The world has changed considerably since Heather Has Two Mommies was published to controversy and acclaim in 1989. Here in the US, we’ve seen the legalization of gay marriage, first on the state and then on the federal level. We’ve also witnessed a slow but meaningful change in the way that our judicial system conceptualizes parental rights, as evidenced by a recent decision overturning Alison D. v. Virginia M., a 1991 lawsuit in which the court held that non-biological, non-adoptive parents have no legal standing in custody disputes. Writing in 2016, the New York Court of Appeals declared that “the definition of ‘parent’ established by this Court 25 years ago in Alison D. has become unworkable when applied to increasingly varied familial relationships,” recognizing the degree to which gay and lesbian partnerships had been marginalized by the original ruling.
Our recent presidential election offered a powerful reminder, however, that the initial firestorm over Heather Has Two Mommies was never fully extinguished; no matter how much the law had evolved to reflect shifting cultural attitudes, some Americans still clung tenaciously to the idea that the only legitimate families were headed by a father and a mother. In this moment of uncertainty and pushback, Gengoroh Tagame’s My Brother’s Husband is a welcome arrival in American bookstores, offering younger readers a warm, nuanced portrayal of gay life that challenges the idea that the only families that “count” are based on blood relations.
Tagame’s story focuses on Yaichi and Kana, a single father and his curious, outspoken daughter. Their cosy household is upended by the arrival of Mike Flanagan, a tall, be-muscled Canadian who was married to Yaichi’s identical twin brother Ryoji. In an effort to better understand his late husband, Mike has traveled to Japan to meet Ryoji’s family. Yaichi is initially reluctant to host Mike, but seven-year-old Kana warmly embraces Mike, insisting that he stay with them as an honored family member and bragging to her friends about her “Canadian uncle.”
In the early chapters of the story, Mike represents a direct challenge to Yaichi’s unexamined beliefs about homosexuality. Yaichi is surprised to discover that Mike is a gregarious, thoughtful guest whose deep love of Japanese cuisine, geography and custom grew out of his deep love for Ryoji. Though Yaichi behaves boorishly at first, treating Mike as a nuisance, he gradually realizes that Mike knew Ryoji better than he did, and may be Yaichi’s only chance to understand who Ryoji became in the decade he lived abroad.
As Yaichi and Kana invite Mike to join them in their everyday routines, the trio begins acting more and more like a family, a point underscored by the arrival of Yaichi’s ex-wife Katsuki, who marvels at their closeness. The warmth and humor that informs Kana’s interactions with all three adults demonstrates to younger readers that it’s possible to have an unconventional family structure predicated on love, rather than biology. Older readers will see the respectful dynamic between Yaichi and Katsuki as a testament to how important self-awareness, flexibility, and mutual respect are in forming lasting family units; though Yaichi and Katsuki divorced after Kana’s birth, their affection for one another is evident in their conspiratorial conversations about Kana and Mike — he’s eclipsed both Mommy and Daddy for sheer coolness in Kana’s eyes — and in their candid assessment of whether Kana is lonely without a full-time female role model.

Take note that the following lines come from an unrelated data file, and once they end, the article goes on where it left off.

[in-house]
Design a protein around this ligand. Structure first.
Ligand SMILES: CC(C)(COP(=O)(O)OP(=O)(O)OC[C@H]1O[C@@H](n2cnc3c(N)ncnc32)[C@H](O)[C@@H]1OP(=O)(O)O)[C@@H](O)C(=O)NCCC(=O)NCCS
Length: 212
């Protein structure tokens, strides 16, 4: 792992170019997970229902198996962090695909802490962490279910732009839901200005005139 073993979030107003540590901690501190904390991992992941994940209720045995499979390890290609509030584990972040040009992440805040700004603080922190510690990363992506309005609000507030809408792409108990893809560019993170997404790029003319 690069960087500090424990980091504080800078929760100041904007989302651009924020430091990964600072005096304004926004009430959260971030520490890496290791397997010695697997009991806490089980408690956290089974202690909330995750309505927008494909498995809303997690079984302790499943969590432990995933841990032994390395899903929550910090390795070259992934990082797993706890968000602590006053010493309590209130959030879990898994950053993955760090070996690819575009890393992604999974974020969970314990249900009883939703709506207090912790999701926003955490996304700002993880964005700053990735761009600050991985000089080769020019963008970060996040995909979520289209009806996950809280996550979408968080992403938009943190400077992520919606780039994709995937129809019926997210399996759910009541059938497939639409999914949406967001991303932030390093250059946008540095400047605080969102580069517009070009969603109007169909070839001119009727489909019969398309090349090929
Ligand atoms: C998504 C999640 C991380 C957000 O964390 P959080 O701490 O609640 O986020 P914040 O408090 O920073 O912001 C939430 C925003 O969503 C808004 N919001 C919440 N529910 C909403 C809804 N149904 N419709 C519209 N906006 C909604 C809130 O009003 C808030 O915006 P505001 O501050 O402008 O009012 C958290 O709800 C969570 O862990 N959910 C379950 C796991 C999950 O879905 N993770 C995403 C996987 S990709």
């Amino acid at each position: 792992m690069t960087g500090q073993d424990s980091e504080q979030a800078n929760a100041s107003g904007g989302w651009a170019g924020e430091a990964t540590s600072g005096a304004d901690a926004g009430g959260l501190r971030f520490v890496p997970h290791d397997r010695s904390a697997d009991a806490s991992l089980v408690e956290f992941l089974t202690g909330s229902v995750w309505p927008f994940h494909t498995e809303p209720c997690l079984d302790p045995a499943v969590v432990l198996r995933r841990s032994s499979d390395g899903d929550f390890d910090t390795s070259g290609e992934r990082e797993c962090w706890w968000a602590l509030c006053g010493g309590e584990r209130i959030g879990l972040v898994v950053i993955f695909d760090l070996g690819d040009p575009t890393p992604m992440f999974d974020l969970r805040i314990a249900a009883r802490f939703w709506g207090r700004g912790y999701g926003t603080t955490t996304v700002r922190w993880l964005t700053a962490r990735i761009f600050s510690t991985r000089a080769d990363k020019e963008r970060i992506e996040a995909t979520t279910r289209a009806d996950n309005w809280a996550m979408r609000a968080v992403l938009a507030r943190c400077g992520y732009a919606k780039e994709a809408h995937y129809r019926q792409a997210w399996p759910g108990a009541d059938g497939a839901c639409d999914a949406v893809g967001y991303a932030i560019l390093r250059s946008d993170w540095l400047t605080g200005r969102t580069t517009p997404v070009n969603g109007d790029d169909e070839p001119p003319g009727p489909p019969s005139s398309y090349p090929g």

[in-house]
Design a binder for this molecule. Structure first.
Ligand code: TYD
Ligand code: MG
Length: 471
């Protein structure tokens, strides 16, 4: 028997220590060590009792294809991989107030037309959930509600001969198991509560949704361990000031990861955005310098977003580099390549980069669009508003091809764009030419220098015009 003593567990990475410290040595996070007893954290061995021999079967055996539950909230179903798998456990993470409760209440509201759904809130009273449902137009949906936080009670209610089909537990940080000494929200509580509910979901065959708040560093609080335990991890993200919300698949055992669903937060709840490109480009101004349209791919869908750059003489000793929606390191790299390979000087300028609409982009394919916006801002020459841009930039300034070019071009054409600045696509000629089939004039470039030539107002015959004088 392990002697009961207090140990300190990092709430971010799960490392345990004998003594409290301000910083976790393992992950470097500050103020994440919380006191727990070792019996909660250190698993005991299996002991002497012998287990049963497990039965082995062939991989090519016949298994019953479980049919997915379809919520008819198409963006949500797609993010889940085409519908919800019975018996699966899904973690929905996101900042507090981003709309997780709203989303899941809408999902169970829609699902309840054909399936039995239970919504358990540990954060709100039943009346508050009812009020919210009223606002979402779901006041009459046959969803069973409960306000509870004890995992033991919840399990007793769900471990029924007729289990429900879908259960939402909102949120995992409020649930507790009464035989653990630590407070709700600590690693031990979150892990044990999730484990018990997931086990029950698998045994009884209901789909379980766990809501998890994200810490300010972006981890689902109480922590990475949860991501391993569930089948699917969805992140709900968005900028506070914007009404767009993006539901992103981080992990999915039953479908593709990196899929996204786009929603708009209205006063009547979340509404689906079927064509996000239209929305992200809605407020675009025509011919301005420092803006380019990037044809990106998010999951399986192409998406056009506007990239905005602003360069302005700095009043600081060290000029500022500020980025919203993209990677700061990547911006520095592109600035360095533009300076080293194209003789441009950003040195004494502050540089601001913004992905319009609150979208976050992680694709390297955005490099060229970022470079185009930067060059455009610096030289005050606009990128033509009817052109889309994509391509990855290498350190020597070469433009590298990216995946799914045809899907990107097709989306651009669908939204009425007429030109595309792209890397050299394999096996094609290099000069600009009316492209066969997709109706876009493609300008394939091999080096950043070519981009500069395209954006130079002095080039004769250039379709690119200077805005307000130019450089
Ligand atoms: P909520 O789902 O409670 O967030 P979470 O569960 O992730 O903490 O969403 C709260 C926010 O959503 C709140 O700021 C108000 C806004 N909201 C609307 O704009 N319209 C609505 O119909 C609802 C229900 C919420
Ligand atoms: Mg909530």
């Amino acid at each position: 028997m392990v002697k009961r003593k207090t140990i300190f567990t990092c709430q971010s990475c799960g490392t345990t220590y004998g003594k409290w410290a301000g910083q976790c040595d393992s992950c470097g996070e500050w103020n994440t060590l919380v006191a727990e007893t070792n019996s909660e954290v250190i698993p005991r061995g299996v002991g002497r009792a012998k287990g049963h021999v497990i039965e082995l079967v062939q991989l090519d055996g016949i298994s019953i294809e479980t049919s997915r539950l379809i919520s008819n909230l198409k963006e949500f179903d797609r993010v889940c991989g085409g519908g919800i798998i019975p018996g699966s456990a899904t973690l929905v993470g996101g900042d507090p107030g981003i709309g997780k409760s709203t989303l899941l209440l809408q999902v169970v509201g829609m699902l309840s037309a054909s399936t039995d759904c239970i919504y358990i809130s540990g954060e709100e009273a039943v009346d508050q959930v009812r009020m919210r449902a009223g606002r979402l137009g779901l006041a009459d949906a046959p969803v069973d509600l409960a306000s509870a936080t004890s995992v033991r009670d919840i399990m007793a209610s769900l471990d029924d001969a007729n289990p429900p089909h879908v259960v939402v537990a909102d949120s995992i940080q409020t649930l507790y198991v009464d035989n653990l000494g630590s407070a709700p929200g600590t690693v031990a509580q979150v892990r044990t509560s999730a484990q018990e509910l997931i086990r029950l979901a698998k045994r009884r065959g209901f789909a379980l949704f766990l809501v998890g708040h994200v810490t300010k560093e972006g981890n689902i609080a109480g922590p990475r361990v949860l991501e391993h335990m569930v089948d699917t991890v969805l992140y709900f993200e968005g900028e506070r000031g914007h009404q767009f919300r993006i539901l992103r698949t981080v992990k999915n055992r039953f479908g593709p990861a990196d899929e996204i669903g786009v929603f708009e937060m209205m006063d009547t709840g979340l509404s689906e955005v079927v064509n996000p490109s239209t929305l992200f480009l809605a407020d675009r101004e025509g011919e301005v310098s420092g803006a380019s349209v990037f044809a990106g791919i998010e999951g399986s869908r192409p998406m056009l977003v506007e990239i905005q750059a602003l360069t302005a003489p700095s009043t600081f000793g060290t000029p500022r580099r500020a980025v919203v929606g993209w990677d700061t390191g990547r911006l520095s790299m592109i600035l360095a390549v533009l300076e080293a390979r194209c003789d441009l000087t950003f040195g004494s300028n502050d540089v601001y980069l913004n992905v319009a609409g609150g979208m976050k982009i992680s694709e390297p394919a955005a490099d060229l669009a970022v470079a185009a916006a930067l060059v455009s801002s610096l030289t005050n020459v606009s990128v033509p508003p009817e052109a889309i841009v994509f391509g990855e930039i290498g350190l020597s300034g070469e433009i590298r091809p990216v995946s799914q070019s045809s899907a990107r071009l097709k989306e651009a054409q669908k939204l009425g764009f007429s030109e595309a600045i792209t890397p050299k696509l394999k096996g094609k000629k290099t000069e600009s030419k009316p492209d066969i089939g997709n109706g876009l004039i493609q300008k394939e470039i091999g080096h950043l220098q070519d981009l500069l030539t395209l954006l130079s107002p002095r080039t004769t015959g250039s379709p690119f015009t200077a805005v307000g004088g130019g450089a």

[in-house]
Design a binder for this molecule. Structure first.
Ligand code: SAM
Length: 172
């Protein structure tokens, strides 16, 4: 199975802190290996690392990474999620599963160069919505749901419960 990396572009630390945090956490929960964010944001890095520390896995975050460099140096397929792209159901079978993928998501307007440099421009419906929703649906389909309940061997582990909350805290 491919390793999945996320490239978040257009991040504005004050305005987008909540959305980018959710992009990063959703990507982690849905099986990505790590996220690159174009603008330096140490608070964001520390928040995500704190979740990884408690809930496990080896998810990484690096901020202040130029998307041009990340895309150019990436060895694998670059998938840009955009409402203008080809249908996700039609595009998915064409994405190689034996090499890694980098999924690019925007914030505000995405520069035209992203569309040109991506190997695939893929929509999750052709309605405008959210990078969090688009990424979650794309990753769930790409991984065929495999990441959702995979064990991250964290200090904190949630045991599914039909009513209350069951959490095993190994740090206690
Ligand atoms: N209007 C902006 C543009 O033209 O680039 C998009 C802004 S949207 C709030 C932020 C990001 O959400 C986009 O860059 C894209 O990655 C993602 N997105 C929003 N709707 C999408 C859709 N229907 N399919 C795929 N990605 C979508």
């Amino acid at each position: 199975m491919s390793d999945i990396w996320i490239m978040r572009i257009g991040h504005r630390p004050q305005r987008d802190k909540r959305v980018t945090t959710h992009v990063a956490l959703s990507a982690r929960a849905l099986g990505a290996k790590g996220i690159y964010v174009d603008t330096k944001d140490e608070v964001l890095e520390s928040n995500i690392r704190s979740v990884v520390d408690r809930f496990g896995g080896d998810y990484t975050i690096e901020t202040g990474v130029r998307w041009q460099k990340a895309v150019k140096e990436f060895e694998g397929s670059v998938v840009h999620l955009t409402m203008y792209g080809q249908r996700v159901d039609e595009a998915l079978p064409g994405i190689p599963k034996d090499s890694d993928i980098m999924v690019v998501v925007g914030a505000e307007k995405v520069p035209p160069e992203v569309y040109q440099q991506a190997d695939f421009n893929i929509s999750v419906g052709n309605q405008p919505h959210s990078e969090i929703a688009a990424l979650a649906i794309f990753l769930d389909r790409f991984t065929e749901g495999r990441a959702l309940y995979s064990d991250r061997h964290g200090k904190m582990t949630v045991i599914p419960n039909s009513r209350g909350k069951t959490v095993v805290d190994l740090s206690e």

Gengoroh Tagame’s crisp, naturalistic artwork conveys both the small-town setting and characters’ feelings with great specificity. In particular, Tagame does a fine job of emphasizing Mike’s size and appearance, using the scale of Yaichi’s house — the rooms, the tatami mats, the bathtub — to convey just how conspicuous Mike really is in the small village where Yaichi and Kana live. Tagame proves equally adept at using the characters’ body language and facial expressions as a window into their feelings. In one of the story’s most poignant scenes, for example, a drunken Mike mistakes Yaichi for Ryoji, dissolving into tears as he collapses into Yaichi’s arms; it’s the only moment in which the strong, confident Mike seems vulnerable, his posture and face convulsed in grief over losing the husband he cherished. Yaichi’s grimaces, smiles, and gasps likewise reveal his vulnerability, documenting his ambivalent feelings about Mike in particular and homosexuality in general; the dialectical process by which Yaichi comes to embrace Mike as part of his family registers as much on Yaichi’s face as it does in his words and his actions.
Though some of the conflicts are resolved a little too tidily, My Husband’s Brother earns points for its well-rounded characters and frank acknowledgment of Yaichi’s initial discomfort with Mike. That we believe in Yaichi’s transformation from skeptic to ally, and embrace Mike as a complex individual and not a cardboard saint, is proof of Tagame’s ability to tell a nuanced all-ages story that will resonate with readers on both sides of the Pacific. Highly recommended.
A word to parents, teachers, and librarians: My Brother’s Husband is appropriate for readers in middle and high school. Though the subject of Mike’s relationship with Ryoji is discussed at length, the story focuses on Mike’s romantic feelings for Ryoji; the sexual dimension of their relationship is not depicted. The manga earns a PG rating for showing adults taking baths and suffering from hangovers.
Review copy provided by the publisher. My Brother’s Husband will be released on May 2, 2017.
MY BROTHER’S HUSBAND, VOL. 1 • BY GENGOROH TAGAME • PANTHEON BOOKS • NO RATING (SUITABLE FOR READERS 10+)